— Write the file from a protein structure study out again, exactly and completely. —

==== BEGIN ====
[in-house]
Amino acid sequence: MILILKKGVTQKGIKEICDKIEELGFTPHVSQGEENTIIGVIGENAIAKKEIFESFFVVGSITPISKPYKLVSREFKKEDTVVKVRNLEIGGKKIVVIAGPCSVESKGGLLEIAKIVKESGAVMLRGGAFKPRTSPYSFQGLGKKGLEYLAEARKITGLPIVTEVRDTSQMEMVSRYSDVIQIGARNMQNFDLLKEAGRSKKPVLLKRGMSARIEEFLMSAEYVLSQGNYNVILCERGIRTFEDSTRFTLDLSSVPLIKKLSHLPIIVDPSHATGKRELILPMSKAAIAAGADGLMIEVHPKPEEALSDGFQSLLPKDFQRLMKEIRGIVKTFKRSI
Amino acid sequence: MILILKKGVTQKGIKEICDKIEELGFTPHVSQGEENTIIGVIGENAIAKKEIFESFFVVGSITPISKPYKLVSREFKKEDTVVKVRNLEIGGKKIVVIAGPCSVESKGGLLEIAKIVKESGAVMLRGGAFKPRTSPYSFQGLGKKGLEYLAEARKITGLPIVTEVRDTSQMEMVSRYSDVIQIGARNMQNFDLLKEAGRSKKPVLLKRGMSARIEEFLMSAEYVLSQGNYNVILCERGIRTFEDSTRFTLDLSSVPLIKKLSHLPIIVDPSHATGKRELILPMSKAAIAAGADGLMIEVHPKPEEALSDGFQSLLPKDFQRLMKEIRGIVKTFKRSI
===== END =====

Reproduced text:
[in-house]
Amino acid sequence: MILILKKGVTQKGIKEICDKIEELGFTPHVSQGEENTIIGVIGENAIAKKEIFESFFVVGSITPISKPYKLVSREFKKEDTVVKVRNLEIGGKKIVVIAGPCSVESKGGLLEIAKIVKESGAVMLRGGAFKPRTSPYSFQGLGKKGLEYLAEARKITGLPIVTEVRDTSQMEMVSRYSDVIQIGARNMQNFDLLKEAGRSKKPVLLKRGMSARIEEFLMSAEYVLSQGNYNVILCERGIRTFEDSTRFTLDLSSVPLIKKLSHLPIIVDPSHATGKRELILPMSKAAIAAGADGLMIEVHPKPEEALSDGFQSLLPKDFQRLMKEIRGIVKTFKRSI
Amino acid sequence: MILILKKGVTQKGIKEICDKIEELGFTPHVSQGEENTIIGVIGENAIAKKEIFESFFVVGSITPISKPYKLVSREFKKEDTVVKVRNLEIGGKKIVVIAGPCSVESKGGLLEIAKIVKESGAVMLRGGAFKPRTSPYSFQGLGKKGLEYLAEARKITGLPIVTEVRDTSQMEMVSRYSDVIQIGARNMQNFDLLKEAGRSKKPVLLKRGMSARIEEFLMSAEYVLSQGNYNVILCERGIRTFEDSTRFTLDLSSVPLIKKLSHLPIIVDPSHATGKRELILPMSKAAIAAGADGLMIEVHPKPEEALSDGFQSLLPKDFQRLMKEIRGIVKTFKRSI